Vol 9. Issue 7 / March 2, 2009

Team Establishes Vastly Improved Technique for Studying Critical Protein Group

By Mark Schrope

Glycoproteins are proteins bound to sugars that are ubiquitous in animal cells, but have proven especially challenging to study, limiting pharmaceutical applications and basic research. But a team of Scripps Research Institute scientists has now developed a technique that offers a 10-fold improvement in the critical process of labeling glycoproteins. This opens the possibility of new studies to identify cancer biomarkers that will allow early cancer diagnoses, among numerous applications.

The work appears as the cover story in the March 2009 issue of the journal Nature Methods.

A huge range of proteins, including many glycoproteins, are found on or secreted from the surface of cells. Glycoproteins in their many forms play a wide range of immune functions and other roles, but limitations in available techniques for working with these biomolecules has slowed progress in understanding them and putting them to use.

"I wouldn't say that protein chemists have been afraid of proteins with sugars, but they have been leery of them because they are more complicated," says James Paulson, from Scripps Research and the paper's senior author. "But almost every cell surface protein is a glycoprotein."

Identifying the structures and roles of glycoproteins, an emerging field known as glycoproteomics, generally begins with attaching tags to the molecules that enable purification and manipulation. Past methods for labeling glycoproteins have been severely hampered by inefficiencies and time-consuming steps that effectively rendered some applications, such as definitive identification of all the glycoproteins found on the surface of a given type of cancer cell, all but impossible.

The team's new method, called periodate oxidation and aniline-catalyzed oxime ligation, or PAL, has proven about 10 times more effective than standard available methods.

Making the Connection

PAL begins with a chemical reaction called periodate oxidation that has been known for decades. The tips of most glycoproteins contain a sugar called sialic acid. Periodate oxidation introduces the highly reactive organic group, aldehyde to sialic acids exposed on the surface of a cell, as well as to glycoproteins in solution. Aldehydes don't normally occur on the cell surface, so the periodate oxidation creates unique reactive sites for exploitation.

Chemical tags will efficiently react with the aldehyde on glycoproteins thus altered, allowing a variety of experimental manipulations. Thanks to previous research by collaborator Philip Dawson, another Scripps Research scientist and co-author of the new study, the team knew that the efficiency of the tagging process, called oxime ligation, is greatly improved when another organic compound called aniline is added to the mix.

"The simplicity is the beauty of it," says Paulson, "And it turns out the chemistry is not at all toxic, so you can do this even to living cells."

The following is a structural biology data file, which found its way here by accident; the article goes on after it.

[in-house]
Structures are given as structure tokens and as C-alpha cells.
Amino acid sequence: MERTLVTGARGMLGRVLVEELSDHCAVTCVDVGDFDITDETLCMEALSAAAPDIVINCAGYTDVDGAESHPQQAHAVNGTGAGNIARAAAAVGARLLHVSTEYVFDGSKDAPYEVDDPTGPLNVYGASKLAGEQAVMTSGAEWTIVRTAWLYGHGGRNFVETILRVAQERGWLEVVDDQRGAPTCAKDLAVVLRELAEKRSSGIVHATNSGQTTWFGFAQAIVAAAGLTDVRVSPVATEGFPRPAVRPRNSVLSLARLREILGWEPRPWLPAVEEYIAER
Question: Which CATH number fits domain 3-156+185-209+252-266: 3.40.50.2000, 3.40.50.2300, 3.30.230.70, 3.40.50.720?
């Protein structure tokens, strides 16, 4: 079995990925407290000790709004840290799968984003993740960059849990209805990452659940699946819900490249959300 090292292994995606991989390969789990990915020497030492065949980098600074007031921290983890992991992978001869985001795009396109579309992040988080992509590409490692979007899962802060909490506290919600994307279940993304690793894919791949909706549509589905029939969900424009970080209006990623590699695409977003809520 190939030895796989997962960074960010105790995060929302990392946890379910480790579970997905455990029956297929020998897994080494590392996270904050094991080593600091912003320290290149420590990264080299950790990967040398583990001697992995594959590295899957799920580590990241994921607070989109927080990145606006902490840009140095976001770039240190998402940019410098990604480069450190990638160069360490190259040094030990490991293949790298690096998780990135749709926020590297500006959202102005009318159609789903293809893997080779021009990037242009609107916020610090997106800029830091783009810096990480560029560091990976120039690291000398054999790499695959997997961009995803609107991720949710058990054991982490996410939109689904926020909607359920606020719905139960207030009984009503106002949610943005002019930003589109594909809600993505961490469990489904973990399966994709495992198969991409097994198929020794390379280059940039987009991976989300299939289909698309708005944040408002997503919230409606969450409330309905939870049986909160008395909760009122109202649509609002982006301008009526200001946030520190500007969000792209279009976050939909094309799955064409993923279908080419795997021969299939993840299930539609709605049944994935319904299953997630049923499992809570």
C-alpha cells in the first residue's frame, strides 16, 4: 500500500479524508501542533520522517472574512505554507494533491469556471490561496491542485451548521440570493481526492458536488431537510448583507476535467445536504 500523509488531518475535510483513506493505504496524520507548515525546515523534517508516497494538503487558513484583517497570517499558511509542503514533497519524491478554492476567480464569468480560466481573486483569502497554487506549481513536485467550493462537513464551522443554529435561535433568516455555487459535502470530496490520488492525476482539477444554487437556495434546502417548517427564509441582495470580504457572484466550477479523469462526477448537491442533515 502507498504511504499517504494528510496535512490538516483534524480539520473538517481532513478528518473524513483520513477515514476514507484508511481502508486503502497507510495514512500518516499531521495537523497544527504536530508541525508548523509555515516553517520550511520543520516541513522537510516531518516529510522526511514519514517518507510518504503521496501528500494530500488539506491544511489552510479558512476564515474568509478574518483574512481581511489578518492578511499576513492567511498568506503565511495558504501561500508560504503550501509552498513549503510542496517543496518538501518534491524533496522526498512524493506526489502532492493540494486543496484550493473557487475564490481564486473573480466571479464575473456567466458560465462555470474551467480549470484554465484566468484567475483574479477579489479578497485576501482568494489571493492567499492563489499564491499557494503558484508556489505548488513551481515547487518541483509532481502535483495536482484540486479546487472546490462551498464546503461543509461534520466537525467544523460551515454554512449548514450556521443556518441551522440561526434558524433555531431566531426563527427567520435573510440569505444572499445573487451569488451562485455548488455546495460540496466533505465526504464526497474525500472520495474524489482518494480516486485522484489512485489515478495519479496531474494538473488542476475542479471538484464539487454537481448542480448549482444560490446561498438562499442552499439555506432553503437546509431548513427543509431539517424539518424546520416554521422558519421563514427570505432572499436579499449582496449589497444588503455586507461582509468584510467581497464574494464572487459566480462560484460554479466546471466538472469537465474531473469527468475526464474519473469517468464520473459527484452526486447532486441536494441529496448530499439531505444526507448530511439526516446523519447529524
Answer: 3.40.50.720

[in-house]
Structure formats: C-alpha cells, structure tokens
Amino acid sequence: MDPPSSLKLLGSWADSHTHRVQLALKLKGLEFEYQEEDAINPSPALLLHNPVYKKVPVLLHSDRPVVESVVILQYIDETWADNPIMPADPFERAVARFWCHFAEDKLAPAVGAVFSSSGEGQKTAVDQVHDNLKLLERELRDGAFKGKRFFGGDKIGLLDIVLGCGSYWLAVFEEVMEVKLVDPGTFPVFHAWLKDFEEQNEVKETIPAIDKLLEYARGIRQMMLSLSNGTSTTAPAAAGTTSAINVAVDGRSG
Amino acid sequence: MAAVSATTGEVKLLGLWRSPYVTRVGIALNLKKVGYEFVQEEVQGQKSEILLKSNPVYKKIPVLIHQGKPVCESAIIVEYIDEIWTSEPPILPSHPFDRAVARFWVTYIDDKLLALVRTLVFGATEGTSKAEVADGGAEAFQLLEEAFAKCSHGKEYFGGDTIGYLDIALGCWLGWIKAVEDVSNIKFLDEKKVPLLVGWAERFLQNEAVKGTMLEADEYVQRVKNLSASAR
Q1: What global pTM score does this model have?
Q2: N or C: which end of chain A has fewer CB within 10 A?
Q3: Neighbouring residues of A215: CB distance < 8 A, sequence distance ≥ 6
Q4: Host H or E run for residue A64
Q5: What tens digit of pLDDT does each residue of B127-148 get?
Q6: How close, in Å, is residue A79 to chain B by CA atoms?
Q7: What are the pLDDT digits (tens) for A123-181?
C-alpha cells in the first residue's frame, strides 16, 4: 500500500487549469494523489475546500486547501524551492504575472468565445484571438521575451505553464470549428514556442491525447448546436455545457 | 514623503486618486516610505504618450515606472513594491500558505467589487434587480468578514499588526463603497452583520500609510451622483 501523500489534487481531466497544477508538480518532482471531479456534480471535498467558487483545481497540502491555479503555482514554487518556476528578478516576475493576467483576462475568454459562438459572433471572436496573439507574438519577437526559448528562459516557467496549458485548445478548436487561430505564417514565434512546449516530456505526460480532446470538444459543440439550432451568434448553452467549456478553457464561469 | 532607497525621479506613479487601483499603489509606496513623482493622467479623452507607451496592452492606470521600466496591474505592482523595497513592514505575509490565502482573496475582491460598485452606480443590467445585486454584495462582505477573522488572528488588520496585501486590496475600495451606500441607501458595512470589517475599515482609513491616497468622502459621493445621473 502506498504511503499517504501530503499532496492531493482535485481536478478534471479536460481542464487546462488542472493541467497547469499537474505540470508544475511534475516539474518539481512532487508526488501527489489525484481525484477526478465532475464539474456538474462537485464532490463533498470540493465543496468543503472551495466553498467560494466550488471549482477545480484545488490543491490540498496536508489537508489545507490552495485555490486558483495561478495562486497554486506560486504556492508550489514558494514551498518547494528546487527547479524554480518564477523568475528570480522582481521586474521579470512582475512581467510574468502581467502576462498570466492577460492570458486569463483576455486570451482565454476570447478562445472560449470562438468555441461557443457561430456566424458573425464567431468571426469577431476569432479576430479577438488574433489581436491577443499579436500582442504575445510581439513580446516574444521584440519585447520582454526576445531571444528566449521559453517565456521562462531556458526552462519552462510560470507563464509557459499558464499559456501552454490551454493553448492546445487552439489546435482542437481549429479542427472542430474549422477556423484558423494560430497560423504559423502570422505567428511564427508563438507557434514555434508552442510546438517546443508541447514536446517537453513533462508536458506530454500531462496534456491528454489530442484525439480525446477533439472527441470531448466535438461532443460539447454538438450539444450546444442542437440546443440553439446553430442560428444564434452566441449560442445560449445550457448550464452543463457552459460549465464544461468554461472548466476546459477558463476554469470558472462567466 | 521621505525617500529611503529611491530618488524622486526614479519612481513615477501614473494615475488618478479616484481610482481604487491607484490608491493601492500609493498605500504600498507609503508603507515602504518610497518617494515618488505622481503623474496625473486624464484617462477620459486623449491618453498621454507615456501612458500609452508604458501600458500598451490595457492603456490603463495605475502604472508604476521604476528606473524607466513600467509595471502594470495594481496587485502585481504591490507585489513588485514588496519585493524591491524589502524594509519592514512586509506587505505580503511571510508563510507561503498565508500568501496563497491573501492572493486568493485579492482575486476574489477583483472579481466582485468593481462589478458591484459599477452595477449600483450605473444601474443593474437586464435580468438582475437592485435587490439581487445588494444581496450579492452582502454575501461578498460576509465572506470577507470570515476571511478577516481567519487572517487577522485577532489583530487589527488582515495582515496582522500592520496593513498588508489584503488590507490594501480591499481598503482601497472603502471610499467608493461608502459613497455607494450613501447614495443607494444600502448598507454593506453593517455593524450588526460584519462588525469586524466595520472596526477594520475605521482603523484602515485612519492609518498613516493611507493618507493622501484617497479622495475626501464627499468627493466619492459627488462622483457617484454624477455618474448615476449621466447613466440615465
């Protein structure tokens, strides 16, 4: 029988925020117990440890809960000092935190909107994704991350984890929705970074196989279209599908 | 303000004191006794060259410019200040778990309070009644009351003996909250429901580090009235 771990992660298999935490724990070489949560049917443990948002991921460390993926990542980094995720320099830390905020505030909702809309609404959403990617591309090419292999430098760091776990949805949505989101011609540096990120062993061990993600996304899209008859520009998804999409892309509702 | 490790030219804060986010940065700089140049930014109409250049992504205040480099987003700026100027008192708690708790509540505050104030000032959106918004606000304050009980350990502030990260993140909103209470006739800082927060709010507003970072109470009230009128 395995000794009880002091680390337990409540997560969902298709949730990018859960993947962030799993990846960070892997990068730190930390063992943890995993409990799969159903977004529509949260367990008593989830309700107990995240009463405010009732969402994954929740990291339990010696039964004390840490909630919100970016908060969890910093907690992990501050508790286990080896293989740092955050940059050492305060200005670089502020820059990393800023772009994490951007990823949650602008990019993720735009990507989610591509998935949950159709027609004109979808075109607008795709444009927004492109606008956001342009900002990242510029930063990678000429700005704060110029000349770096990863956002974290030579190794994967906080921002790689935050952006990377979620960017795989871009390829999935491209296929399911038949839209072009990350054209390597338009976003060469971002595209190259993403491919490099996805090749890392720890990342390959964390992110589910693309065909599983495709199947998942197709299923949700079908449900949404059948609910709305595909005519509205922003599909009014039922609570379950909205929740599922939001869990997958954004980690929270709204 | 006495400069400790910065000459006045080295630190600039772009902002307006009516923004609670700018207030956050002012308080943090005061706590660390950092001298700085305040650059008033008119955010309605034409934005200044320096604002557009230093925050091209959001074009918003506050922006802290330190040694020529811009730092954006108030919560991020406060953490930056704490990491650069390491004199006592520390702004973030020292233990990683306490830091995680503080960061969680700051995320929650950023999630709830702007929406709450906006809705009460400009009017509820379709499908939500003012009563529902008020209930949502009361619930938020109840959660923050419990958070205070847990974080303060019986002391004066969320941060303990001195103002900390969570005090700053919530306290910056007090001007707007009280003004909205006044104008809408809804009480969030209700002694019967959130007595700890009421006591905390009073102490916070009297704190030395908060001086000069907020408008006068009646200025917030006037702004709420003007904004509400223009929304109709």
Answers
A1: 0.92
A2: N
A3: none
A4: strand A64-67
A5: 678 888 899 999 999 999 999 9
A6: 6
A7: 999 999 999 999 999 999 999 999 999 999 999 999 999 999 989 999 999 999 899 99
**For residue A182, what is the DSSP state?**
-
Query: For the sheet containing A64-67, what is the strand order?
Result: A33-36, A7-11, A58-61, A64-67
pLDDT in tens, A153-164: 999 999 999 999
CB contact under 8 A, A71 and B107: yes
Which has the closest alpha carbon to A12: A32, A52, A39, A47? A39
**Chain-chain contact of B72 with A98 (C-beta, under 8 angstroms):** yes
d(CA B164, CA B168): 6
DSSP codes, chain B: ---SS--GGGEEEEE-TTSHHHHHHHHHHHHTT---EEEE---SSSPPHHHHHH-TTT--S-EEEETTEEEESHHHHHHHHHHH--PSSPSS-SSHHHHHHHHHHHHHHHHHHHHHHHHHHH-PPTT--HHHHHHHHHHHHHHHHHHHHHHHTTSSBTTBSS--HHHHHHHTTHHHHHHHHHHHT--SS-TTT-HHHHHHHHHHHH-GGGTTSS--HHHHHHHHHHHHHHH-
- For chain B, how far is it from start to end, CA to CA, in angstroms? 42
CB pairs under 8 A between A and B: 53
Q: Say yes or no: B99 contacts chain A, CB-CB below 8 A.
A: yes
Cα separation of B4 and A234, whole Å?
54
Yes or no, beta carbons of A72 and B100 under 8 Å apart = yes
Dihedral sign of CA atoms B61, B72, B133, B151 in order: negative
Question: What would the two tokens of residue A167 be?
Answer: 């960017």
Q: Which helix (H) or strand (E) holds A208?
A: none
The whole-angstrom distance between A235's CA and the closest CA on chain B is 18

For initial experiments, the team labeled glycoproteins with a tag called aminooxy-biotin. Biotin is a frequently employed small molecule tag in biochemical approaches because of its high affinity for a protein called streptavidin. The use of commercially available streptavidin-decorated beads enables the easy enrichment and isolation of biotin-labeled glycoproteins after cells are intentionally lysed, or broken apart. Using PAL, glycoproteins can also be labeled with florescent tags, which are visible in a microscope, allowing researchers to directly observe how glycoproteins behave and interact.

One potential PAL application is in the ongoing hunt for early cancer diagnostics, a primary ambition of glycoproteomics, and cancer research in general. Identifying molecules, especially those found in the blood, that indicate the presence of cancer has proven exceedingly challenging. Such biomarkers could allow early cancer diagnosis long before large tumors or other dangerous signs appear, potentially enabling life-saving therapies. Using PAL, researchers should be able to pull down all the glycoproteins produced by certain types of cancer cells to isolate and characterize them. This would allow identification of those that are unique and might therefore be effective indicators.

Another possible use for PAL is in labeling isolated glycoproteins with different colored fluorescent tags for introduction into embryonic stem cells. This would enable scientists to determine how glycoproteins mediate cell-cell interactions and the roles they play in stem cells' complex development.

"I think there are all kinds of applications," says Paulson of PAL. "It will be up to the imagination of the community."

The first authors of the paper, entitled "High-efficiency labeling of sialylated glycoproteins on living cells," are Ying Zeng and T.N.C. Ramya of Scripps Research. In addition to Paulson and Dawson, authors of the paper include Anouk Dirksen, also from Scripps Research. See http://www.nature.com/nmeth/journal/vaop/ncurrent/abs/nmeth.1305.html.

The National Institutes of Health funded this research. 


Send comments to: mikaono[at]scripps.edu


"I think there are all kinds of applications [for the technique]," says Professor James Paulson, shown here with co-authors Ramya Chakravarthy (left) and Ying Zeng. "It will be up to the imagination of the community."




Other authors of the paper, which describes a new method called periodate oxidation and aniline-catalyzed oxime ligation (PAL), include Anouk Dirksen (left), and Philip Dawson.